The new Netflix adaptation of Persuasion starring Dakota Johnson and Henry Golding has recently raised eyebrows for its diversion from Jane Austen's text. The story is the same, but the linguistic elements have been given a 21st-century upgrade, much to the dismay of some Austen fans.
However, it sounds like Netflix plans even more adaptations in this style, and screenwriter Ron Bass has already hinted at two more films to come. Here's what you need to know about the spiritual sequel to Netflix's Persuasion, explained.
Screenwriter Ron Bass recently hinted at more Austen-inspired Netflix films.
In an interview with The Los Angeles Times on July 15, 2022, screenwriters Ron Bass and Alice Winslow and director Carrie Cracknell explain their thought process behind changing Persuasion's dialogue to be more 21st-century friendly.
"The film is set pretty faithfully in the sumptuous Regency period, but the physical behaviors, attitudes and elements of the aesthetic also lean towards now,” Carrie says. “We have simplified some of the lines, and taken away some of the fuss of period trimmings, to make the characters and the worlds feel more alive and accessible."
The goal of the remixed piece was not to alienate passionate Austen fans but rather to usher in a new generation of potential. "I hope we draw in new, younger audiences who perhaps know very little about Jane Austen," the director explains, "and that a whole new generation will watch the adaptation and then be drawn to read and fall in love with the book."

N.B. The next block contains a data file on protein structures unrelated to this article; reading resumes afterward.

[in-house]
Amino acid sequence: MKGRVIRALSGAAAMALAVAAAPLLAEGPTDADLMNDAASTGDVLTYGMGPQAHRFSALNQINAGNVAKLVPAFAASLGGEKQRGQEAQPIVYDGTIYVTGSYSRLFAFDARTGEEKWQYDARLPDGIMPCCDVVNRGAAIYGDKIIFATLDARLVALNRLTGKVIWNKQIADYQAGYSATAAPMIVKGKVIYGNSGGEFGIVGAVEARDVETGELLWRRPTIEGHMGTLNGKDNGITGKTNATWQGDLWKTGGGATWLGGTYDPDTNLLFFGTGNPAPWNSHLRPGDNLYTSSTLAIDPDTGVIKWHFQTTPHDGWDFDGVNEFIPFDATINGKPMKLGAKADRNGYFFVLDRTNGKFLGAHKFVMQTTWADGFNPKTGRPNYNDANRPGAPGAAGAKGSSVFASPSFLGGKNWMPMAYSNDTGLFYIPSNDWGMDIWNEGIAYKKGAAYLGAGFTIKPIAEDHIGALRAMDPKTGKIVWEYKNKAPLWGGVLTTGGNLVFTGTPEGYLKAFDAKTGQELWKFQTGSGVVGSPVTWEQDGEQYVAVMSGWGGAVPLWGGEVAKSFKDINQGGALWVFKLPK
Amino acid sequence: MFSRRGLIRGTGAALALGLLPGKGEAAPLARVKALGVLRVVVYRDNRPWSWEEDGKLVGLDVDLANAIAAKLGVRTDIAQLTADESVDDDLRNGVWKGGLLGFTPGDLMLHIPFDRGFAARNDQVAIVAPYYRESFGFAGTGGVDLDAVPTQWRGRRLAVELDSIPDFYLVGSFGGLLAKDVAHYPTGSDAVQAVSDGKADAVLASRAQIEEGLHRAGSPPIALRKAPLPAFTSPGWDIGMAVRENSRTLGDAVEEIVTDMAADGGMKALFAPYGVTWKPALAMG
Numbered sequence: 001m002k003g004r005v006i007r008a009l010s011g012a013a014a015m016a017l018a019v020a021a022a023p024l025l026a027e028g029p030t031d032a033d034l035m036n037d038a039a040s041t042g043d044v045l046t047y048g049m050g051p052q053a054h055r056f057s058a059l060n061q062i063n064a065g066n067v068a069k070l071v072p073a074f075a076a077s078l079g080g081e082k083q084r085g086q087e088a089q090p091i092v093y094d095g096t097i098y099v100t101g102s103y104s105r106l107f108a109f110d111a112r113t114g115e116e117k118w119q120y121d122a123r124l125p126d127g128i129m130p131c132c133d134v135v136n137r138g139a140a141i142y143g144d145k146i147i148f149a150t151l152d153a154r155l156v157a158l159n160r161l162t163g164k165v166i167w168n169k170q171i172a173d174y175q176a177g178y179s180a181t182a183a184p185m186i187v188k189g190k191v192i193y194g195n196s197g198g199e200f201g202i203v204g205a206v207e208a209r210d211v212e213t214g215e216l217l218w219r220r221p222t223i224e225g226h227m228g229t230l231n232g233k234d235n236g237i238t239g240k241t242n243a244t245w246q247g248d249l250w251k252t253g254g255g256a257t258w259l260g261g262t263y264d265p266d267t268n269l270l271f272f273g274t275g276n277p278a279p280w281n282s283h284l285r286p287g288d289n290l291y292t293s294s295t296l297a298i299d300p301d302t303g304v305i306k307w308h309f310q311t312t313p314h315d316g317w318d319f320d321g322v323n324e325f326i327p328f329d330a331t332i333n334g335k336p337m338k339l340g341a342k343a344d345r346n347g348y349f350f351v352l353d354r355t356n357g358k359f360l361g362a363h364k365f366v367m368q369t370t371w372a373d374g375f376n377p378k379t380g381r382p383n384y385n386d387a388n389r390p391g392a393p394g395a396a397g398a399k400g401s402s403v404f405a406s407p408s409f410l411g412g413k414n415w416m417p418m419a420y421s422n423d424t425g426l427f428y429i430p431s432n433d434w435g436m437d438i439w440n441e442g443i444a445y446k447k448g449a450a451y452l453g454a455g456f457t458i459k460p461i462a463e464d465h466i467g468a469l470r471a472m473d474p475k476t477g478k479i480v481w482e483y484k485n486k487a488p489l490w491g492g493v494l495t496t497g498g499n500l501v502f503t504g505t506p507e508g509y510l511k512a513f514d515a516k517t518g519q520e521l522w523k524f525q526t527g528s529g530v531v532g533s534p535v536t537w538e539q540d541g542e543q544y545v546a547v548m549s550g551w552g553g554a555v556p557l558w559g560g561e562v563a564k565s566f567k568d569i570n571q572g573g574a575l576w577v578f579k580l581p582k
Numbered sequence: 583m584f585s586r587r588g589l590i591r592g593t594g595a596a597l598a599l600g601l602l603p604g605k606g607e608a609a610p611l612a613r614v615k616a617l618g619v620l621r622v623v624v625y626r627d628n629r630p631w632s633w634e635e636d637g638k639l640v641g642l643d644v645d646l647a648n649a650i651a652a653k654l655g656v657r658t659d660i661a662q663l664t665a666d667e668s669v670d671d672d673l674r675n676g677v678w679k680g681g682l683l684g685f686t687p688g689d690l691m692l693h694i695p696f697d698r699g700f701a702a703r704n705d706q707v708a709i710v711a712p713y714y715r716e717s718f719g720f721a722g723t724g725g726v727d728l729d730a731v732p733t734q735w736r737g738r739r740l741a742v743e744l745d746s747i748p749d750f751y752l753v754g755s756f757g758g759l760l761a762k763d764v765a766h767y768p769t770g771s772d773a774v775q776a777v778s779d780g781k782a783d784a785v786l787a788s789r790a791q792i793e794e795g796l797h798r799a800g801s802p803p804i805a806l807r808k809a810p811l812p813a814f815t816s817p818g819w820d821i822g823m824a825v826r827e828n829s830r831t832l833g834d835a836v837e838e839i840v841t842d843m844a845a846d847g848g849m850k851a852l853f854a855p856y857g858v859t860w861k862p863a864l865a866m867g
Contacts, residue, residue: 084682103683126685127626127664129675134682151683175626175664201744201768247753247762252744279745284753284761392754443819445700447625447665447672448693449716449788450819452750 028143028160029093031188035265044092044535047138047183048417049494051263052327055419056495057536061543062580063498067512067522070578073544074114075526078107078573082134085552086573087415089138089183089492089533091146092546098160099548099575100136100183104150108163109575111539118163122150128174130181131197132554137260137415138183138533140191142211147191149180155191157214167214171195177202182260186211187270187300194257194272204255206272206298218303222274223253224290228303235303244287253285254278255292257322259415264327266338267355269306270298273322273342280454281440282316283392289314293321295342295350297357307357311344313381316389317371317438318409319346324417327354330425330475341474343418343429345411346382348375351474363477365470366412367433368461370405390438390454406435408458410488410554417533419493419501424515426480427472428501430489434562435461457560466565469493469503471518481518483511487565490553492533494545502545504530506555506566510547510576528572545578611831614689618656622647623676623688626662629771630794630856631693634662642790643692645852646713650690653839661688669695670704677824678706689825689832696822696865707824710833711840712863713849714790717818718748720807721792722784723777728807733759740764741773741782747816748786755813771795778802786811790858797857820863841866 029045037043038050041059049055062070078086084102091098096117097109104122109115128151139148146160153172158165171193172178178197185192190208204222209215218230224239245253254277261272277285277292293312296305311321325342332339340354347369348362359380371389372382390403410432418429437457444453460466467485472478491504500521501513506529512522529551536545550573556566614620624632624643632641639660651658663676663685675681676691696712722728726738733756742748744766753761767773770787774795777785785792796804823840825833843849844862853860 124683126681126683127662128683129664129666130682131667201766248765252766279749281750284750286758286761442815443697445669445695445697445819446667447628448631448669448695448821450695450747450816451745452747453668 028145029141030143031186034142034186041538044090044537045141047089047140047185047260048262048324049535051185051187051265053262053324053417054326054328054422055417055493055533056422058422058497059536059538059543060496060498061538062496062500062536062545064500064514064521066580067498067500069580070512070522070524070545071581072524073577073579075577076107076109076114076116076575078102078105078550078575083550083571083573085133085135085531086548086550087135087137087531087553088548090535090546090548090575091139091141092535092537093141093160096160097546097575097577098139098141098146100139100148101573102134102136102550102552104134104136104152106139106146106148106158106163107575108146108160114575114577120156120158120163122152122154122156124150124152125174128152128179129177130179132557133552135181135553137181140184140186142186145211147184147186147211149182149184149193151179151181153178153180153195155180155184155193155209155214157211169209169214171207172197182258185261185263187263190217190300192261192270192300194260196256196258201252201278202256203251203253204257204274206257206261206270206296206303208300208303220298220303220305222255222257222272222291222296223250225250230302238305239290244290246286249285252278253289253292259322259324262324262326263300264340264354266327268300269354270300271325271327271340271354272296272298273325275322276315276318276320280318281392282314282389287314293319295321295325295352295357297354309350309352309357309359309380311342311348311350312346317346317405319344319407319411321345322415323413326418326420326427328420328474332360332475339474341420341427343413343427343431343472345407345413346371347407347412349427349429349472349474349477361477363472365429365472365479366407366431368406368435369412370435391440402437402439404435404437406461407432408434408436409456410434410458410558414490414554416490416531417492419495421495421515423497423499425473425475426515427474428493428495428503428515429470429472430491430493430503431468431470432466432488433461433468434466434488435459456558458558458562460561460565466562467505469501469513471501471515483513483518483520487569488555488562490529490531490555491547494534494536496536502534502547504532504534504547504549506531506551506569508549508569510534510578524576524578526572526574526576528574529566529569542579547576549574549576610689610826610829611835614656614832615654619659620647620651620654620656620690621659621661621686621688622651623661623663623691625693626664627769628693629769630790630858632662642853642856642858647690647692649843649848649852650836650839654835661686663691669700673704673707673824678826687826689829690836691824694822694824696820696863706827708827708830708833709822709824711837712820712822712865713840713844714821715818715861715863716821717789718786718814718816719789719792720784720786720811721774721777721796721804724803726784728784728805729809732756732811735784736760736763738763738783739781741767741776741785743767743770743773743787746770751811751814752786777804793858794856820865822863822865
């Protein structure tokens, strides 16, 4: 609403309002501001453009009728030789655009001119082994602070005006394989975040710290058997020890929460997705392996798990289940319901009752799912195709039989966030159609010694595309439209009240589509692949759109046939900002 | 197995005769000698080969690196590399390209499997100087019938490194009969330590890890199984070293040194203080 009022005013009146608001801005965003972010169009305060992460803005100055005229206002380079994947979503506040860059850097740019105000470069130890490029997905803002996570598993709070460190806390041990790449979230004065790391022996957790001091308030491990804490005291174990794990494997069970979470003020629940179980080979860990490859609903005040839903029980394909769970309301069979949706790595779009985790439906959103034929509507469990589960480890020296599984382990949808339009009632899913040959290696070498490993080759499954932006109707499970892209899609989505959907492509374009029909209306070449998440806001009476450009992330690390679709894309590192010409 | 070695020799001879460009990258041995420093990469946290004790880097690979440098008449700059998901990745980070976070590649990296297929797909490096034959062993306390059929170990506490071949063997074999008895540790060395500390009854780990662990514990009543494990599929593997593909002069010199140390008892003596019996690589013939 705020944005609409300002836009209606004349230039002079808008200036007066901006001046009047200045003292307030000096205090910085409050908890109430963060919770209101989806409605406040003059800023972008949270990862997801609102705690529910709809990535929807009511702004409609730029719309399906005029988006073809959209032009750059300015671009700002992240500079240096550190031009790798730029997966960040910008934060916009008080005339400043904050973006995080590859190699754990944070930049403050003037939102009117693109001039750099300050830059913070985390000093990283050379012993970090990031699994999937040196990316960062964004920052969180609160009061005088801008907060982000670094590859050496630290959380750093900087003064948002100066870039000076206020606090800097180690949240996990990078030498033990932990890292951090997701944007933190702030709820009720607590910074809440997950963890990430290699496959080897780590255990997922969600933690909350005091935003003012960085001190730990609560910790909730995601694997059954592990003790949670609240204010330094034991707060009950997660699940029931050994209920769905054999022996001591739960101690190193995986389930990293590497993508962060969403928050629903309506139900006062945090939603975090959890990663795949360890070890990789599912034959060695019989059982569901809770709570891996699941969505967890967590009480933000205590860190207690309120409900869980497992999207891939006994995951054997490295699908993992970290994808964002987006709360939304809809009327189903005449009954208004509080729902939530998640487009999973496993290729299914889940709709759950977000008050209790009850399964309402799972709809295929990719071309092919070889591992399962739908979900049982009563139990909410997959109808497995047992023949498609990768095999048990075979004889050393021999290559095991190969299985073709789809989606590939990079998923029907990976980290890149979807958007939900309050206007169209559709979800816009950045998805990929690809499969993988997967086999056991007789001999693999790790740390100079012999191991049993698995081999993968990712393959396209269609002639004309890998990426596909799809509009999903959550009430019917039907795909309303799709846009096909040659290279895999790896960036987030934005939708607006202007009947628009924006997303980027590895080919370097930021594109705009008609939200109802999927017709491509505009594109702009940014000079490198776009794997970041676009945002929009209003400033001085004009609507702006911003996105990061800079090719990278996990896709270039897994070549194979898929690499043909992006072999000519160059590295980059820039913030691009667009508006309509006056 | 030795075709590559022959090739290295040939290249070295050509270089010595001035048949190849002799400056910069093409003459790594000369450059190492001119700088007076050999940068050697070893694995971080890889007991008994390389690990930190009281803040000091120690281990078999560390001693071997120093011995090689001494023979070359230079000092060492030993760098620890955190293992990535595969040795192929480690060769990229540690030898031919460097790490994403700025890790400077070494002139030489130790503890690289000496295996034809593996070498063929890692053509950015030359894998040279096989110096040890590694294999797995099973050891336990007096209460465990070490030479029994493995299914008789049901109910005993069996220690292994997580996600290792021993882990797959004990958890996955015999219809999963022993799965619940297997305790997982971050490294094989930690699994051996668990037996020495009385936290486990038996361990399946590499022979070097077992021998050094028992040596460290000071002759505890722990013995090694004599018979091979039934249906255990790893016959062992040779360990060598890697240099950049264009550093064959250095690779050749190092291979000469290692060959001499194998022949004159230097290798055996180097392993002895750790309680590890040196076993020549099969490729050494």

However, the most revealing piece of information in the interview is the possibility of more adaptations structured in the same way as Persuasion — period-accurate details such as costuming and setting, with modern language. The Los Angeles Times notes that screenwriter Ron Bass, who defends their use of modern slang in the script, is also currently working on two more adaptations: Pride and Prejudice and Sense and Sensibility.
"Her words do speak to [a] contemporary audience in many, many ways, just not necessarily every way,” says Ron.“I promise you that everyone involved in this adores Jane Austen and adores her work."
Pride & Prejudice is the most frequently adapted of Austen's works, with films such as Fire Island and Bridget Jones' Diary serving as modern adaptations, while Pride & Prejudice (2005) and Pride and Prejudice (1995) were more serious, dramatic adaptations. Similarly, Sense and Sensibility has also been adapted into a 1995 film and a 2008 three-episode TV series.
Fans of Austen's works have mixed feelings about the recent Persuasion adaptation, with some praising the film's ingenuity and others criticizing the simplification of Austen's language. One Twitter user writes, "Jane Austen crying shaking throwing up in her grave after Dakota Johnson said “now we’re worse than exes, we’re friends” in Persuasion on Netflix."
Another user said, "What is (preemptively) pissing me off about the new Persuasion is that it speaks to a much, much larger problem in adaptations of classics where studios seem to think all these female characters need to be glossed with a zany millennial girlboss patina to become Relevant."
Persuasion is now streaming on Netflix.